If an individual with a disability poses a direct threat despite reasonable accommodation, he or she is not protected by the nondiscrimination provisions of the ADA. [or] irrational fears” about a specific disability or disabilities.
Assessments of whether an employee poses a direct threat in the workplace must be based on objective, factual information, “not on subjective perceptions . The EEOC’s regulations identify four factors to consider when determining whether an employee poses a direct threat: (1) the duration of the risk; (2) the nature and severity of the potential harm; (3) the likelihood that potential harm will occur; and (4) the imminence of the potential harm.
No, unless the applicant would pose a direct threat within the meaning of the ADA.
The answers are based on existing EEOC guidance regarding disability-related inquiries and medical examinations, direct threat, and reasonable accommodation.
For example, asking an individual if his immune system is compromised is a disability-related inquiry because a weak or compromised immune system can be closely associated with conditions such as cancer or HIV/AIDS.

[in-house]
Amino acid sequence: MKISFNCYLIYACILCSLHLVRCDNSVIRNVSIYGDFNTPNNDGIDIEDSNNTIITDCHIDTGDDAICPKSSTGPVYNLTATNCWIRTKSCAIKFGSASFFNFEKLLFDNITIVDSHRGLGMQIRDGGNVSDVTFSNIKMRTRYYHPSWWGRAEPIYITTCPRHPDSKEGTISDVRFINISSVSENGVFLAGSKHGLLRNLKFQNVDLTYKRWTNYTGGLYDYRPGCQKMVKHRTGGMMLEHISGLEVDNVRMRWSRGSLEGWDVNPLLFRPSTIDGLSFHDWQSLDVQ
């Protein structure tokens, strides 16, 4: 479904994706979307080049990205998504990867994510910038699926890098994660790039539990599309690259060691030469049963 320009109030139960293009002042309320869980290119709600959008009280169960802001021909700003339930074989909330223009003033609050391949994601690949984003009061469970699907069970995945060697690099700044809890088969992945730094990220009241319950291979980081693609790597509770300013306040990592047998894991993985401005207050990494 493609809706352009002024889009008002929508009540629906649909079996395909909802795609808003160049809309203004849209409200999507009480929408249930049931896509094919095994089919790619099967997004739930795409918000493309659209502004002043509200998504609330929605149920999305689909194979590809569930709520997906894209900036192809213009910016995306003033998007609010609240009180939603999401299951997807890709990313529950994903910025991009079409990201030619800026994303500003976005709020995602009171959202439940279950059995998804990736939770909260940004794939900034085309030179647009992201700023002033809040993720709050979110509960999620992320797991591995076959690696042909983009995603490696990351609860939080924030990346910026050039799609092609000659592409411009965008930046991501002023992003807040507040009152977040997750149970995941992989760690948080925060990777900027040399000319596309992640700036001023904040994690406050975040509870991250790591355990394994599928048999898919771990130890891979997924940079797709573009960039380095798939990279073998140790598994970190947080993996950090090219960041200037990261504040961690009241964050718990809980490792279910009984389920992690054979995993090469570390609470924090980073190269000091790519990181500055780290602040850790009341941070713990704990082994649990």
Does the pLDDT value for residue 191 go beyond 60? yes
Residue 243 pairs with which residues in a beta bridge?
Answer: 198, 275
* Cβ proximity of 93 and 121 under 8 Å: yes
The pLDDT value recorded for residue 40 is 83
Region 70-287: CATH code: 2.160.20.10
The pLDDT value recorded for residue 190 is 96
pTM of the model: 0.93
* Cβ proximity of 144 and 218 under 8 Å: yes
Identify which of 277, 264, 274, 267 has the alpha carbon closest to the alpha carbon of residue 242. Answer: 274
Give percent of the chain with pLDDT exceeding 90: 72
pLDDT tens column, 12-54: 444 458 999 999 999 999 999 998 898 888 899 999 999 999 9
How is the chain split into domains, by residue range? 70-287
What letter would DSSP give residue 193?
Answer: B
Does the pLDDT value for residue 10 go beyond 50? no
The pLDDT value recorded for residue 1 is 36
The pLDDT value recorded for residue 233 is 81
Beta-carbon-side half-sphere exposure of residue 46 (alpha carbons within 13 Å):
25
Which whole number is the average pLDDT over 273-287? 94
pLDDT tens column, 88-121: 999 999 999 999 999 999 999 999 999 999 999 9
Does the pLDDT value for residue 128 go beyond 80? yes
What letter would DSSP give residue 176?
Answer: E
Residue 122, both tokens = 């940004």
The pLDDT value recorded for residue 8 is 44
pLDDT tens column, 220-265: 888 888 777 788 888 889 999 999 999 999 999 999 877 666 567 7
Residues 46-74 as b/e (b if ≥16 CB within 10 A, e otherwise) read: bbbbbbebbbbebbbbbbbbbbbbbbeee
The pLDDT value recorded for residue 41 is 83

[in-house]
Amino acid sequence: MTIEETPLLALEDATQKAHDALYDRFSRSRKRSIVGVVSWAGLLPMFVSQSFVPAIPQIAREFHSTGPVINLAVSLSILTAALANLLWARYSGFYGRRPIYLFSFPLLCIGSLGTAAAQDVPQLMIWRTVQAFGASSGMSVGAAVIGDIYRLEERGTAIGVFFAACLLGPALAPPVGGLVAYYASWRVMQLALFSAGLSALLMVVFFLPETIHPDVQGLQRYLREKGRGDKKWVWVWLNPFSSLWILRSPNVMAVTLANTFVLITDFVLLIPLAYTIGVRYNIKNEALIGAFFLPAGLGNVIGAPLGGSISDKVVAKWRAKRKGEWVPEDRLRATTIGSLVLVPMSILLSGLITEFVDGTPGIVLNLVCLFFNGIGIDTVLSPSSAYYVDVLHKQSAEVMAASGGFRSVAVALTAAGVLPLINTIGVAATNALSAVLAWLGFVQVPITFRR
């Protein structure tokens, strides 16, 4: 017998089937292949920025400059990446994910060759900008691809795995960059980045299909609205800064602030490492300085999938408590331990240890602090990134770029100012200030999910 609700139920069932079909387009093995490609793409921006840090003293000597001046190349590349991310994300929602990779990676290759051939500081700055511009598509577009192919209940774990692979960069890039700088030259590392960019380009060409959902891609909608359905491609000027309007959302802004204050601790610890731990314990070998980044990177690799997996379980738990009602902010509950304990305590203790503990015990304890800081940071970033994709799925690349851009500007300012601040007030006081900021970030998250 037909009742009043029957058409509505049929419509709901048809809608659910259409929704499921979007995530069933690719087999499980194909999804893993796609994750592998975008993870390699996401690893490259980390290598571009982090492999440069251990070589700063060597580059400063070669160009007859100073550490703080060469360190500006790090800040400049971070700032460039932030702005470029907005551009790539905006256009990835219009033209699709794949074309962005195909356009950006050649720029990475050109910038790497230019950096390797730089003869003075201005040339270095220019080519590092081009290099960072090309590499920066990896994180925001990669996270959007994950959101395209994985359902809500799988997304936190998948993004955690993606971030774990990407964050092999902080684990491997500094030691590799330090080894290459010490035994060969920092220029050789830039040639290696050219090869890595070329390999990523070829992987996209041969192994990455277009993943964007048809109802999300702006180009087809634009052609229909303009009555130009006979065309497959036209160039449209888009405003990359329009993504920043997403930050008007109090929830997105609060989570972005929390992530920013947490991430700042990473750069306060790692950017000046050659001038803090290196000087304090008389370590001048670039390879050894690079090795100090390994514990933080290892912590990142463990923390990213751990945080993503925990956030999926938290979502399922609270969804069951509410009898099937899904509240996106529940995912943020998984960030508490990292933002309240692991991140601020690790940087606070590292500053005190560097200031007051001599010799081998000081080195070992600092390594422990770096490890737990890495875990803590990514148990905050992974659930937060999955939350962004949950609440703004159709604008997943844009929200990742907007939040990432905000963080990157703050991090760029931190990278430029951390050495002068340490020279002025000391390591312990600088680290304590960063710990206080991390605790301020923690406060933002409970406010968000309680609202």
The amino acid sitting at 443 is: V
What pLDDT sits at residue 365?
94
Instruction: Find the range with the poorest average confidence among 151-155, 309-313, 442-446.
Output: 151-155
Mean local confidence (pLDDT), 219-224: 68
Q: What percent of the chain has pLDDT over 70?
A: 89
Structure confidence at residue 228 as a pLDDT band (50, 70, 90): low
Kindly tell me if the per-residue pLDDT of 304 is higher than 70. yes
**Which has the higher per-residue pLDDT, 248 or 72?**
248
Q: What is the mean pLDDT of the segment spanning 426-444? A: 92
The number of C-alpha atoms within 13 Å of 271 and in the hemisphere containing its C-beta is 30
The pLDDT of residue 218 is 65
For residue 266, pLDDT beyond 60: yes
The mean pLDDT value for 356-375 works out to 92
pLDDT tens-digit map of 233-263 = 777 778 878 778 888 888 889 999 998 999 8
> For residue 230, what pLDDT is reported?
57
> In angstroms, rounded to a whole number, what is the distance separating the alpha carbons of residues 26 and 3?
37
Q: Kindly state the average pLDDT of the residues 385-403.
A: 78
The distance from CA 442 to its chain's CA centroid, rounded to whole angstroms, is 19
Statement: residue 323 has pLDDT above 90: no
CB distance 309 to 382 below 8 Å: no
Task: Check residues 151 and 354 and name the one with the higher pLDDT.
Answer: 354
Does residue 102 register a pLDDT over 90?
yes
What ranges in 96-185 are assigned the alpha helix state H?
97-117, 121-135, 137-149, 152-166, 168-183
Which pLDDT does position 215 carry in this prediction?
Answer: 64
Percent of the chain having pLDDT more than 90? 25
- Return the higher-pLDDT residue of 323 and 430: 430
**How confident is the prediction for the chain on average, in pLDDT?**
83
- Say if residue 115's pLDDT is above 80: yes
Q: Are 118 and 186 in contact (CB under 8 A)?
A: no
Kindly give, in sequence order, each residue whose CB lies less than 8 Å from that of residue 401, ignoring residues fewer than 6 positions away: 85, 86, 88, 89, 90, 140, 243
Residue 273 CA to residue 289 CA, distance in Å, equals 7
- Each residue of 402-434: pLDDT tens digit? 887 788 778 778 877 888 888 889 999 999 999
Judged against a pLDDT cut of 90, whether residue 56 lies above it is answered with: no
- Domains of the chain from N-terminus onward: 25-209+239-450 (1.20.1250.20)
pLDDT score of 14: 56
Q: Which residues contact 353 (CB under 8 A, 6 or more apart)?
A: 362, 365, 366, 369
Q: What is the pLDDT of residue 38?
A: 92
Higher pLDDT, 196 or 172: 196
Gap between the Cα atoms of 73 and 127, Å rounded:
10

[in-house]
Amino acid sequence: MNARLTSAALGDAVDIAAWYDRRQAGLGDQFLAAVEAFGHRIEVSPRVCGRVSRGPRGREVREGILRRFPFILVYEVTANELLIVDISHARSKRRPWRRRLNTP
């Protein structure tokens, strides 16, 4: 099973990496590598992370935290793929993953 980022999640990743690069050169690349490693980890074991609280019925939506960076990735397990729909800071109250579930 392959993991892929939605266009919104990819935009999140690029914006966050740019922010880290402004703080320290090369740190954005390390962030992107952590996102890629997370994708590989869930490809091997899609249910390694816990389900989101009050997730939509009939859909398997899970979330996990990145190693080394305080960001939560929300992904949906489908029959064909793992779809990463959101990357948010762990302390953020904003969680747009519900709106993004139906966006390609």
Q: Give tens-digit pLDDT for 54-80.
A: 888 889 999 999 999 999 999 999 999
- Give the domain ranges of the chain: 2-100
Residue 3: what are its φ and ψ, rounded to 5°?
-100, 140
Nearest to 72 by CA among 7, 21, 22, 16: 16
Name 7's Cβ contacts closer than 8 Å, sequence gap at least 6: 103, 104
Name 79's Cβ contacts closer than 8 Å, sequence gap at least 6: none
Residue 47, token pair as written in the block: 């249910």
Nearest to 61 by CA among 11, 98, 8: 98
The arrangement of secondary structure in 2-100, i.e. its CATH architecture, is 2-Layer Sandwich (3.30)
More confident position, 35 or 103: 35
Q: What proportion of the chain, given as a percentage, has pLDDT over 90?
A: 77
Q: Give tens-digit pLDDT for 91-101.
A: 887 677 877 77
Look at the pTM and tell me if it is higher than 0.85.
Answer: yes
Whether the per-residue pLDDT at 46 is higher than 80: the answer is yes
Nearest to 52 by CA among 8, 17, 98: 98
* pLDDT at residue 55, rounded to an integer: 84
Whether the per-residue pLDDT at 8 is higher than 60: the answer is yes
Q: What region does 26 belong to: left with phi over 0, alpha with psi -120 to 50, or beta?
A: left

Under the ADA, it would be discriminatory to rescind Steve’s job offer based on the possibility of an influenza pandemic. The CDC states that employees who become ill with symptoms of influenza-like illness at work during a pandemic should leave the workplace.
Advising such workers to go home is not a disability-related action if the illness is akin to seasonal influenza or the 2009 spring/summer H1N1 virus.
While the EEOC recognizes that public health recommendations may change during a crisis and differ between states, employers are expected to make their best efforts to obtain public health advice that is contemporaneous and appropriate for their location, and to make reasonable assessments of conditions in their workplace based on this information.